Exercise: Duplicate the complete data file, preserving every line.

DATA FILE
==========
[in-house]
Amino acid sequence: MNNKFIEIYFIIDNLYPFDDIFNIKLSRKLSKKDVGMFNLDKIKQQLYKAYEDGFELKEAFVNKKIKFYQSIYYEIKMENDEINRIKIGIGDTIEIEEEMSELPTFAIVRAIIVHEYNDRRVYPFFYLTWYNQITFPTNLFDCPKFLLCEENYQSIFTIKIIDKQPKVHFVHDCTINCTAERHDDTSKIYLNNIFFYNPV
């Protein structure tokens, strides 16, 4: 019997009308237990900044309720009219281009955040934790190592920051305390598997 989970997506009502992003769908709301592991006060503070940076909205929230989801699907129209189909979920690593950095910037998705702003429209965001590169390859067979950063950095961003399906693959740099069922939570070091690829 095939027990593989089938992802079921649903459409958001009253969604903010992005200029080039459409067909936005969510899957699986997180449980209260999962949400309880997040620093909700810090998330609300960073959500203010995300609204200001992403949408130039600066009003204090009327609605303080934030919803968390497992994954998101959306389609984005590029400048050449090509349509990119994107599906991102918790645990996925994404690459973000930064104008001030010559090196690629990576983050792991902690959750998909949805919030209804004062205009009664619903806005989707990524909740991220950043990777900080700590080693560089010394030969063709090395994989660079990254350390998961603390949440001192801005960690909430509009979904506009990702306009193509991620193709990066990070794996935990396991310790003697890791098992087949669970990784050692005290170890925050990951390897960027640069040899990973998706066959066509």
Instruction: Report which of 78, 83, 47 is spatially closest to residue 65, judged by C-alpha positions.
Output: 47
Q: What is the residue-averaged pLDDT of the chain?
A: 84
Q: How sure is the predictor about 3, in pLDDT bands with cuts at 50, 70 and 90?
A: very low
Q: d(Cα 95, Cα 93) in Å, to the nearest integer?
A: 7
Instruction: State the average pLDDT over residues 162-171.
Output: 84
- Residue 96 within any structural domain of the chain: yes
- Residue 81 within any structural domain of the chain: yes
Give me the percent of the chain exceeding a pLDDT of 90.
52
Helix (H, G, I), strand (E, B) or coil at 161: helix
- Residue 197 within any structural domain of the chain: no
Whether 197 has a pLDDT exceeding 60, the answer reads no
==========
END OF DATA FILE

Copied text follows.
[in-house]
Amino acid sequence: MNNKFIEIYFIIDNLYPFDDIFNIKLSRKLSKKDVGMFNLDKIKQQLYKAYEDGFELKEAFVNKKIKFYQSIYYEIKMENDEINRIKIGIGDTIEIEEEMSELPTFAIVRAIIVHEYNDRRVYPFFYLTWYNQITFPTNLFDCPKFLLCEENYQSIFTIKIIDKQPKVHFVHDCTINCTAERHDDTSKIYLNNIFFYNPV
């Protein structure tokens, strides 16, 4: 019997009308237990900044309720009219281009955040934790190592920051305390598997 989970997506009502992003769908709301592991006060503070940076909205929230989801699907129209189909979920690593950095910037998705702003429209965001590169390859067979950063950095961003399906693959740099069922939570070091690829 095939027990593989089938992802079921649903459409958001009253969604903010992005200029080039459409067909936005969510899957699986997180449980209260999962949400309880997040620093909700810090998330609300960073959500203010995300609204200001992403949408130039600066009003204090009327609605303080934030919803968390497992994954998101959306389609984005590029400048050449090509349509990119994107599906991102918790645990996925994404690459973000930064104008001030010559090196690629990576983050792991902690959750998909949805919030209804004062205009009664619903806005989707990524909740991220950043990777900080700590080693560089010394030969063709090395994989660079990254350390998961603390949440001192801005960690909430509009979904506009990702306009193509991620193709990066990070794996935990396991310790003697890791098992087949669970990784050692005290170890925050990951390897960027640069040899990973998706066959066509």
Instruction: Report which of 78, 83, 47 is spatially closest to residue 65, judged by C-alpha positions.
Output: 47
Q: What is the residue-averaged pLDDT of the chain?
A: 84
Q: How sure is the predictor about 3, in pLDDT bands with cuts at 50, 70 and 90?
A: very low
Q: d(Cα 95, Cα 93) in Å, to the nearest integer?
A: 7
Instruction: State the average pLDDT over residues 162-171.
Output: 84
- Residue 96 within any structural domain of the chain: yes
- Residue 81 within any structural domain of the chain: yes
Give me the percent of the chain exceeding a pLDDT of 90.
52
Helix (H, G, I), strand (E, B) or coil at 161: helix
- Residue 197 within any structural domain of the chain: no
Whether 197 has a pLDDT exceeding 60, the answer reads no